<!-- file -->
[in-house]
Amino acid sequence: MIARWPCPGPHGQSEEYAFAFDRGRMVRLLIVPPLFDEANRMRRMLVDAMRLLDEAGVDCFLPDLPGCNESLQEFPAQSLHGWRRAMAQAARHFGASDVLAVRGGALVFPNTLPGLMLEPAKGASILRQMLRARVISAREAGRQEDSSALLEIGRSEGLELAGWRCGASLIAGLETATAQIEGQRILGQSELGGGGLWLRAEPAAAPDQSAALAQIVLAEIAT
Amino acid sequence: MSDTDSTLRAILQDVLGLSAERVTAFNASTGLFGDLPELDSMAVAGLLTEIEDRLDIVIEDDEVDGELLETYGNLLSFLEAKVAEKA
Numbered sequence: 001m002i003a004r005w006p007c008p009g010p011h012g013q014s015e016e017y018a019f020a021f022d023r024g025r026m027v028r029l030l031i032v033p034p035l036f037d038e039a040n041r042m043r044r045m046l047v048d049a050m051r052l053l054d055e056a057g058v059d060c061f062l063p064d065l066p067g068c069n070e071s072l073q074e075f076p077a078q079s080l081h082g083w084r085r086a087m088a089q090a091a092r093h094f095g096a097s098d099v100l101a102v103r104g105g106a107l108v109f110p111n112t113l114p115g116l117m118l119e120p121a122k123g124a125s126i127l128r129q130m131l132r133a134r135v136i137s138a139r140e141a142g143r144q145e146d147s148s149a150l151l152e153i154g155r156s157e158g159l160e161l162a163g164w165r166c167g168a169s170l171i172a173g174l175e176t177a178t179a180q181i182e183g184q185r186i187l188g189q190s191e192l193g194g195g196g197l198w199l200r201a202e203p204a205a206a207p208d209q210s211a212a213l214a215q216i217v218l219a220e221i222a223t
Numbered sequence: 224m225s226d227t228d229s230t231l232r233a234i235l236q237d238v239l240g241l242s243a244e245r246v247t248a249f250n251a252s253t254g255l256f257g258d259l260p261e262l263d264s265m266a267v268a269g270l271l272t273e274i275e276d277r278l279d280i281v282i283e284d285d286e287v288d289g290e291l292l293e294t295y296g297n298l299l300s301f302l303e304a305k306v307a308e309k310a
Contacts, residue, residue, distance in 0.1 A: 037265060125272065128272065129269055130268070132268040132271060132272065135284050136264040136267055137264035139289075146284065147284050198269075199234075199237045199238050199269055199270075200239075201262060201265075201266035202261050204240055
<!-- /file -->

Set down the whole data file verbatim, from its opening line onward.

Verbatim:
[in-house]
Amino acid sequence: MIARWPCPGPHGQSEEYAFAFDRGRMVRLLIVPPLFDEANRMRRMLVDAMRLLDEAGVDCFLPDLPGCNESLQEFPAQSLHGWRRAMAQAARHFGASDVLAVRGGALVFPNTLPGLMLEPAKGASILRQMLRARVISAREAGRQEDSSALLEIGRSEGLELAGWRCGASLIAGLETATAQIEGQRILGQSELGGGGLWLRAEPAAAPDQSAALAQIVLAEIAT
Amino acid sequence: MSDTDSTLRAILQDVLGLSAERVTAFNASTGLFGDLPELDSMAVAGLLTEIEDRLDIVIEDDEVDGELLETYGNLLSFLEAKVAEKA
Numbered sequence: 001m002i003a004r005w006p007c008p009g010p011h012g013q014s015e016e017y018a019f020a021f022d023r024g025r026m027v028r029l030l031i032v033p034p035l036f037d038e039a040n041r042m043r044r045m046l047v048d049a050m051r052l053l054d055e056a057g058v059d060c061f062l063p064d065l066p067g068c069n070e071s072l073q074e075f076p077a078q079s080l081h082g083w084r085r086a087m088a089q090a091a092r093h094f095g096a097s098d099v100l101a102v103r104g105g106a107l108v109f110p111n112t113l114p115g116l117m118l119e120p121a122k123g124a125s126i127l128r129q130m131l132r133a134r135v136i137s138a139r140e141a142g143r144q145e146d147s148s149a150l151l152e153i154g155r156s157e158g159l160e161l162a163g164w165r166c167g168a169s170l171i172a173g174l175e176t177a178t179a180q181i182e183g184q185r186i187l188g189q190s191e192l193g194g195g196g197l198w199l200r201a202e203p204a205a206a207p208d209q210s211a212a213l214a215q216i217v218l219a220e221i222a223t
Numbered sequence: 224m225s226d227t228d229s230t231l232r233a234i235l236q237d238v239l240g241l242s243a244e245r246v247t248a249f250n251a252s253t254g255l256f257g258d259l260p261e262l263d264s265m266a267v268a269g270l271l272t273e274i275e276d277r278l279d280i281v282i283e284d285d286e287v288d289g290e291l292l293e294t295y296g297n298l299l300s301f302l303e304a305k306v307a308e309k310a
Contacts, residue, residue, distance in 0.1 A: 037265060125272065128272065129269055130268070132268040132271060132272065135284050136264040136267055137264035139289075146284065147284050198269075199234075199237045199238050199269055199270075200239075201262060201265075201266035202261050204240055